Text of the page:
French presidential candidate Fillon on the ropes over wife's payments

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Former French prime minister François Fillon, presidential candidate of the conservative Les Républicains party and widely tipped as the frontrunner in the elections, was this week fighting for his political survival following press revelations that his British-born wife Penelope was paid a total of 500,000 euros out of MPs’ funds to act as his parliamentary assistant, and which cast doubt about whether she actually fulfilled the role. It also emerges that she was paid about 100,000 euros between 2012 and 2013 by a magazine owned by a wealthy Fillon ally. The public prosecutor’s office has now opened an investigation into suspected “misappropriation of public funds” and “misuse of company assets”. Mathilde Mathieu reports on the background to a scandal that not only threatens Fillon’s future, but which could also radically affect the outcome of the presidential elections.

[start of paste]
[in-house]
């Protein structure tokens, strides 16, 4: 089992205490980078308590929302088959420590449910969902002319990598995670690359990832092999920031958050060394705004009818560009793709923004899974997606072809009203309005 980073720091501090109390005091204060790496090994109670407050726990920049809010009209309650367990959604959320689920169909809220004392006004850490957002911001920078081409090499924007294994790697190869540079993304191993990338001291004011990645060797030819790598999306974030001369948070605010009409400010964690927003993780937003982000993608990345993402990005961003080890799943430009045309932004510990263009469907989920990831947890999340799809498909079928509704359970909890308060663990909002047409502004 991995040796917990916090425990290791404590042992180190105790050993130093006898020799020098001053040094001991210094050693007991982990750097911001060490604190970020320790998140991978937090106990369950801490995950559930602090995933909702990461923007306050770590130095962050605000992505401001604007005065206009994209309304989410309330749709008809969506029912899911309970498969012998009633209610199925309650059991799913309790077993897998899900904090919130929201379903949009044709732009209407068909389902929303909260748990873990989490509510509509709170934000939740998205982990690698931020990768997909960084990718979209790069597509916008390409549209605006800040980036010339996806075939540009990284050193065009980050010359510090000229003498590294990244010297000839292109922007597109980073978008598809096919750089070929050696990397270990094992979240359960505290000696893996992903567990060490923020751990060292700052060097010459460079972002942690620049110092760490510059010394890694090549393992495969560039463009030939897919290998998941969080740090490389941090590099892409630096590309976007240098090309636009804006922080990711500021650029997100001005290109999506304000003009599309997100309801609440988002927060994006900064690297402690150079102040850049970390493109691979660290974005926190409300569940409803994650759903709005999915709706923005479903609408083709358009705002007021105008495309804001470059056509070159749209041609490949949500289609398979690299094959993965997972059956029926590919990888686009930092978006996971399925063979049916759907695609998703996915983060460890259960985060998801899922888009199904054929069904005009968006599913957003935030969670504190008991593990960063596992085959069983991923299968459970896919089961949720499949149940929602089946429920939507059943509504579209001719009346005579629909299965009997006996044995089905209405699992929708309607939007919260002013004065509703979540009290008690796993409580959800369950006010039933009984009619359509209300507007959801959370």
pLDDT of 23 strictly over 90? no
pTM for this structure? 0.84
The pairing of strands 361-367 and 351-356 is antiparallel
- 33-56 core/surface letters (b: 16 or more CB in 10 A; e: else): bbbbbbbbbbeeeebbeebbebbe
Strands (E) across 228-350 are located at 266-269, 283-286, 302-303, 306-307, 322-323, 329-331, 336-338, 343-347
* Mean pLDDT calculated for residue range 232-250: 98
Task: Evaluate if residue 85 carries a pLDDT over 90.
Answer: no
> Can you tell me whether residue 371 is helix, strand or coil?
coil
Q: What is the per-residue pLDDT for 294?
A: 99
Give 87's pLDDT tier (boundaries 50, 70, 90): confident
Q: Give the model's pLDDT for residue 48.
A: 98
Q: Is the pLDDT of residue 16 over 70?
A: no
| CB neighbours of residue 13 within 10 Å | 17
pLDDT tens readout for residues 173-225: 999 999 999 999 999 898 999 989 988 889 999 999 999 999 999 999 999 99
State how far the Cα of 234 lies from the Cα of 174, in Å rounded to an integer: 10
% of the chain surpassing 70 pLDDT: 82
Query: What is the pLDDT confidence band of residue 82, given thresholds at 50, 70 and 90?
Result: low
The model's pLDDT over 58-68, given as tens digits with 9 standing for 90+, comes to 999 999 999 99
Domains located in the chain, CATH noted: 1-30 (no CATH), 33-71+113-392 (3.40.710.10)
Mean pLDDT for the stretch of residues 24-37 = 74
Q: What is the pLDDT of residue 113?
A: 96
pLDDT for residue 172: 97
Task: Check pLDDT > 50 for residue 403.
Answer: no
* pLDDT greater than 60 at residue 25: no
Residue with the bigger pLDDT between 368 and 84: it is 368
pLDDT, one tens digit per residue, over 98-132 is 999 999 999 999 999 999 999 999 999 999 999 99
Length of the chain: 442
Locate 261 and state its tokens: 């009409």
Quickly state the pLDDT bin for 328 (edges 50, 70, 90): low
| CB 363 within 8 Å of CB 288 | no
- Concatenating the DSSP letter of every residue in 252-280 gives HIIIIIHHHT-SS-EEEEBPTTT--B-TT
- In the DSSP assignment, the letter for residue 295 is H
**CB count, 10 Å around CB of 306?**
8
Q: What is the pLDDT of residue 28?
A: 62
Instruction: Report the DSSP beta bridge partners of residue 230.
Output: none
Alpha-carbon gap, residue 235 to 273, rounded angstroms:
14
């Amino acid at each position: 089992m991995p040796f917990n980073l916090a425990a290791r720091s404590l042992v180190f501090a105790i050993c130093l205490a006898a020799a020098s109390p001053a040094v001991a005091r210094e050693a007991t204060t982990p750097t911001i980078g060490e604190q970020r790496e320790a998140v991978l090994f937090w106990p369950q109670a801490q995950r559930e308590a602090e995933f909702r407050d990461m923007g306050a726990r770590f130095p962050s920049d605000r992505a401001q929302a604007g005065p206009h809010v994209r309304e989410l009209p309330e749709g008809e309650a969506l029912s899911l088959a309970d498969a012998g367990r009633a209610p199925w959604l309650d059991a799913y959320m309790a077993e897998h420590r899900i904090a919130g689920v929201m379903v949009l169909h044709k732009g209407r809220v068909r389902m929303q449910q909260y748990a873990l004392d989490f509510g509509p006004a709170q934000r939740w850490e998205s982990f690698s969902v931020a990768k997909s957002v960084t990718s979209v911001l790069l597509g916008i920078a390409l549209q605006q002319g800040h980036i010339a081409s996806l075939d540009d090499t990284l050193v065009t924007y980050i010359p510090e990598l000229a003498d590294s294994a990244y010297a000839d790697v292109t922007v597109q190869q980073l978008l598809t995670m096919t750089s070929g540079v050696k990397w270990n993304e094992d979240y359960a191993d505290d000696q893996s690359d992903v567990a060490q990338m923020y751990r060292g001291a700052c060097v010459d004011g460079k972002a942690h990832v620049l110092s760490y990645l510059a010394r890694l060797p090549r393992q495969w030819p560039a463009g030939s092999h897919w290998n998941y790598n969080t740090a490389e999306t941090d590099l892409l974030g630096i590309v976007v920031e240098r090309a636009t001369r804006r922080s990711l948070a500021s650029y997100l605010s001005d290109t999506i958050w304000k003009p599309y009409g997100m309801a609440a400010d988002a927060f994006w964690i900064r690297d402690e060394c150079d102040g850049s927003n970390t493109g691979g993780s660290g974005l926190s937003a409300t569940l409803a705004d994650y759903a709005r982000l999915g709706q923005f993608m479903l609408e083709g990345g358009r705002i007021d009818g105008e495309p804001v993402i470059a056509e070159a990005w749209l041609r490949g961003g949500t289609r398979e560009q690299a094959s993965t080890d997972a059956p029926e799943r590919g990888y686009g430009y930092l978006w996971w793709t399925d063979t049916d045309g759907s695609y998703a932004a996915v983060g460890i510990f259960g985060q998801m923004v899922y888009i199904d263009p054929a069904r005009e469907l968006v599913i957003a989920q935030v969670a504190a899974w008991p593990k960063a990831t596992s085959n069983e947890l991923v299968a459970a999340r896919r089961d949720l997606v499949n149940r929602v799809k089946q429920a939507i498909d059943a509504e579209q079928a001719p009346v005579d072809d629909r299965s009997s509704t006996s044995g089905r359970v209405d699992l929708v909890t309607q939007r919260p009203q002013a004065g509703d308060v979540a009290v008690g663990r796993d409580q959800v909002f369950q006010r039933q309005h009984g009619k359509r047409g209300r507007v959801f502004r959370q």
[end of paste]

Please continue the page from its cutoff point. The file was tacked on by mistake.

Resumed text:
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Until this week, François Fillon’s image sharply contrasted, in his favour, with that of Nicolas Sarkozy, under whose presidency Fillon served as prime minister from 2007 to 2012.